2021 BRITISH SWIMMING SELECTION TRIALS
- Wednesday, April 14th – Sunday, April 18th
- Prelims at 10am local/Finals at 7pm local
- London Aquatics Centre
- British Olympic Selection Policy
- Primary Olympic Selection Meet (not only opportunity)
- Day 1 Recap/Day 2 Recap/Day 3 Recap/Day 4 Recap
- Live Stream
- Live Results
MEN’S 1500 FREE – FINAL
British National Record – 14:45.95, David Davies 2004
British OLY QT – 14:55.91
FINA ‘A’ – 15:00.91
GOLD –14:51.49 Daniel Jervis, Olympic Qualifying
SILVER –15:01.35, Tobias Robinson
BRONZE – 15:07.71, Luke Turley
Taking the men’s 1500m freestyle in a race essentially by himself was Swansea swimmer Daniel Jervis. The 24-year-old 800m free champion here fired off a winning time of 14:51.49 to take this grueling event’s title in a time worthy of consideration for this summer’s Olympic Games.
His result of 14:51.49 marked the only outing under the 15:00 threshold this evening, with Tobias Robinson and Luke Turley placing 2nd and 3rd in respective efforts of 15:01.35 and 15:07.71.
For Jervis, this qualification is a little redemption from just missing out by less than a second in the 800m free. He is the 2018 Commonwealth Games silver medalist in this longer distance, having clocked a time of 14:48.67 on the Gold Coast. He followed that up with a 13th place result at the 2019 FINA World Championships in 15:01.50.
Post-race, Jervis was ecstatic about having clinched a consideration time. “This is an absolute dream.”
For his efforts, Jervis now ranks as the 4th fastest 1500m freestyle performer this season.
WOMEN’S 1500 FREE – FINAL
British National Record – 15:47.26, Jazmin Carlin 2013
British OLY QT – 16:04.14
FINA ‘A’ – 16:32.04
GOLD – Leah Crisp, 16:46.09
SILVER – Lucy Charles-Barclay, 16:46.26
BRONZE – Emily Clarke, 16:59.68
Bath swimmer Leah Crisp doubled up on her 800m free victory here with another gold in this 1500m event. Stopping the clock in 16:38.76, Crisp held off Lucy Charles-Barclay who nearly clipped the Crisp at the end, touching in 16:46.26 for silver.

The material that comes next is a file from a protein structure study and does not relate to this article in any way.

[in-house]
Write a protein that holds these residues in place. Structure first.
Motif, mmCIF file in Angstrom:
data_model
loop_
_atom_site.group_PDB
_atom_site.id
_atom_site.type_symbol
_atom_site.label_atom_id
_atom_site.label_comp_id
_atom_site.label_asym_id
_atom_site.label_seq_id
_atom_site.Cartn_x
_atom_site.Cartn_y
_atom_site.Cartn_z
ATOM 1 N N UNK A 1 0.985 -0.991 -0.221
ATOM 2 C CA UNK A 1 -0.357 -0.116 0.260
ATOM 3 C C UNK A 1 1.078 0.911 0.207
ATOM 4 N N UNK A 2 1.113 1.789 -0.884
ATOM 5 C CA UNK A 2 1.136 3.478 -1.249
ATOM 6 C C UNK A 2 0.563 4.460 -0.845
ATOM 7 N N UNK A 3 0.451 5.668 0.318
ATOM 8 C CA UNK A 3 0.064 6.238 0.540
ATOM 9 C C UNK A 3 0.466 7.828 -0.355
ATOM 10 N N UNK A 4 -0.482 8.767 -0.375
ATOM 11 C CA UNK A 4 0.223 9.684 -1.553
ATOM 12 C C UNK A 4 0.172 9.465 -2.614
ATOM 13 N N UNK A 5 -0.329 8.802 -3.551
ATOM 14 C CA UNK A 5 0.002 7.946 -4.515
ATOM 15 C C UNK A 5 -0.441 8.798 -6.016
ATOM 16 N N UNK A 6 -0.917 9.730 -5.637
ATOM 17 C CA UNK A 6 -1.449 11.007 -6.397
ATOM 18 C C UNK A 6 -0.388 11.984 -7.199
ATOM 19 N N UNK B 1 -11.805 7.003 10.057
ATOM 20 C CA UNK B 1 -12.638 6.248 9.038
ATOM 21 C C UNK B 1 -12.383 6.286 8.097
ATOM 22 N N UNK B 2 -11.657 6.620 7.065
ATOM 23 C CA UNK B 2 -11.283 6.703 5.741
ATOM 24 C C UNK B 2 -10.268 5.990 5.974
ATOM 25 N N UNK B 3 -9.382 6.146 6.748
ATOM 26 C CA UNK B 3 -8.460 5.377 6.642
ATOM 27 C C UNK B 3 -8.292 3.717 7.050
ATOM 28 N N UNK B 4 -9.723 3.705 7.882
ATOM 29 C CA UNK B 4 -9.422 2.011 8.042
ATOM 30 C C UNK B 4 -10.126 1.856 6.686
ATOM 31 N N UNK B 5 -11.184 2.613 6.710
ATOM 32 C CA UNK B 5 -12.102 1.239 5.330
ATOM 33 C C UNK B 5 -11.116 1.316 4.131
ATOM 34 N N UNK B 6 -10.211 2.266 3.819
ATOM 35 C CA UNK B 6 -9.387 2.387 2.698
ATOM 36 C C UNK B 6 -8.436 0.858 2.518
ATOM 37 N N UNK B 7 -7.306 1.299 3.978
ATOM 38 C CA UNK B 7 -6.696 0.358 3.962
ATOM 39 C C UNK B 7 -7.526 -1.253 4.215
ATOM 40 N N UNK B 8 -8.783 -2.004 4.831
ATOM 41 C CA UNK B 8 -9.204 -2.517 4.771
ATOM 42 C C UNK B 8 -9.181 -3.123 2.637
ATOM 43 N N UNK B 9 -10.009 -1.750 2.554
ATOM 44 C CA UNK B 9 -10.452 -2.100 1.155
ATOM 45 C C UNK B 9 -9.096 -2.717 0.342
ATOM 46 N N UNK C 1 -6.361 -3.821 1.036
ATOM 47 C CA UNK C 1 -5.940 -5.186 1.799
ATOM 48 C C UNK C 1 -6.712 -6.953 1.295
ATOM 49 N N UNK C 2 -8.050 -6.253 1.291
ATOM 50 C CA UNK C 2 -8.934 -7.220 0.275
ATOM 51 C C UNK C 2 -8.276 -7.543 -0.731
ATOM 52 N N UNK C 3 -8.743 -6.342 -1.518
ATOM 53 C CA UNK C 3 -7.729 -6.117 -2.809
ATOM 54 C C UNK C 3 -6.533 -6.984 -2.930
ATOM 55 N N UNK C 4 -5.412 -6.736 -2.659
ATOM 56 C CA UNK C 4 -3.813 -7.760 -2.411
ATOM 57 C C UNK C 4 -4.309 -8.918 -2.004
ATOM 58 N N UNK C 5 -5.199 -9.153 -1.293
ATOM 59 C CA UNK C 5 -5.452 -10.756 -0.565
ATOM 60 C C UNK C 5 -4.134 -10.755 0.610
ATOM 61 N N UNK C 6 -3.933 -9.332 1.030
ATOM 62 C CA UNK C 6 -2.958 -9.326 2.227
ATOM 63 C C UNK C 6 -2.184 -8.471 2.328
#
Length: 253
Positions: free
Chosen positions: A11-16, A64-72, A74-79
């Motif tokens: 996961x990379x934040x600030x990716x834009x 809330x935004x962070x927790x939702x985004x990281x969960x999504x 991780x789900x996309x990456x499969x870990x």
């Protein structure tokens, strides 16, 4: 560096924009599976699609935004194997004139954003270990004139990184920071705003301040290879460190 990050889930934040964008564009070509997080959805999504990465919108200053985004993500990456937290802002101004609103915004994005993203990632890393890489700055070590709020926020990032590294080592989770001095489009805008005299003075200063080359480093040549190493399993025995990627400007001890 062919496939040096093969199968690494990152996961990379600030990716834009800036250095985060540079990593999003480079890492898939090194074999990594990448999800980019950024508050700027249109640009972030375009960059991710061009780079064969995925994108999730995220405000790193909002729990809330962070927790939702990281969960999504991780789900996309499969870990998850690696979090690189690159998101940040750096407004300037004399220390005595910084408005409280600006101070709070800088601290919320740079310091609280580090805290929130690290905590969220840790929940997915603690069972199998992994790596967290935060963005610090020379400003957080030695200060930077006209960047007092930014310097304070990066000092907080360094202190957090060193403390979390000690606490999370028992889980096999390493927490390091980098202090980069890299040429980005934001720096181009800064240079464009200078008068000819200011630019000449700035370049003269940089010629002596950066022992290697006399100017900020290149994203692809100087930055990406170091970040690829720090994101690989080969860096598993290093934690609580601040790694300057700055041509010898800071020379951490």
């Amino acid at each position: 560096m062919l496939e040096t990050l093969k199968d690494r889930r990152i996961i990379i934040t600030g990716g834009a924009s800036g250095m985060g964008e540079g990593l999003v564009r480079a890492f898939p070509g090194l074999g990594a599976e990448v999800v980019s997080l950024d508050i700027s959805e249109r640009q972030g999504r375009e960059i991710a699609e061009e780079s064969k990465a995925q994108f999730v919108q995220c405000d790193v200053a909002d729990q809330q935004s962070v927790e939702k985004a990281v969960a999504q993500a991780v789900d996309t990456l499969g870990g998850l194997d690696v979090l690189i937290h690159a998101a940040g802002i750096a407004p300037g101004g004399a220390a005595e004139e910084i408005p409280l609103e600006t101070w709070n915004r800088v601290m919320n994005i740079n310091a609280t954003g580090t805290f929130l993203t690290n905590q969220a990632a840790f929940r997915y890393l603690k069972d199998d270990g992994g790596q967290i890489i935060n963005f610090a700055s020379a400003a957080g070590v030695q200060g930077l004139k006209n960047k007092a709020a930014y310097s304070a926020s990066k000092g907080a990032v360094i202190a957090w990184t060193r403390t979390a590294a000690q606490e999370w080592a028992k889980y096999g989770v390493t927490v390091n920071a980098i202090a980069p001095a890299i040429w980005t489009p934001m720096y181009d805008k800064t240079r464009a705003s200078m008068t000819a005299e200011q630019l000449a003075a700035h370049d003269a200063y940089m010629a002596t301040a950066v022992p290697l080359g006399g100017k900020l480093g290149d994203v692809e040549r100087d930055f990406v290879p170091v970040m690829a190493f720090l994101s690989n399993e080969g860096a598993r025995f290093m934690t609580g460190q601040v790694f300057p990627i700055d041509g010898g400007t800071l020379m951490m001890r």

Rounding out the top 3 was Emily Clarke, adding this bronze medal in 16:59.68 to her runner-up result in teh 400m free.
No swimmer notched a time under the British Swimming Consideration Standard of 16:04.14.
WOMEN’S 100 BREAST – FINAL
British National Record – 1:06.34, Siobhan-Marie O’Connor 2016
British OLY QT – 1:06.79
FINA ‘A’ – 1:07.07
GOLD – Sarah Vasey, 1:06.37 Olympic Qualifying
SILVER – Molly Renshaw, 1:06.72 Olympic Qualifying
BRONZE – Kara Hanlon, 1:08.00
24-year-old Sarah Vasey attacked this women’s 100m breaststroke race, nearly overtaking the British national record in her victory. Opening in 31.11 and closing in 35.26, Vasey ultimately got to the wall in a mark of 1:06.37, a new lifetime best by over half a second. Entering this meet, Vasey’s career-quickest was represented by the 1:06.78 she produced in 2017.
Also qualifying was Molly Renshaw, the woman who already nailed a new British record of her own en route to topping the 200m breaststroke podium. Tonight, Renshaw logged 1:06.72 to add this event to her potential Olympic lineup, nearly on her lifetime best of 1:06.78 from 2017.
Rounding out the top 3 was Kara Hanlon who touched in 1:08.00.
Vasey now enters the season’s world rankings in slot #7 en route to becoming Great Britain’s 3rd fastest performer all-time.
MEN’S 200 BACK – FINAL
British National Record – 1:55.34, Luke Greenbank 2021
British OLY QT – 1:56.60
FINA ‘A’ – 1:57.50
GOLD – Luke Greenbank, 1:56.70 (pre-qualified)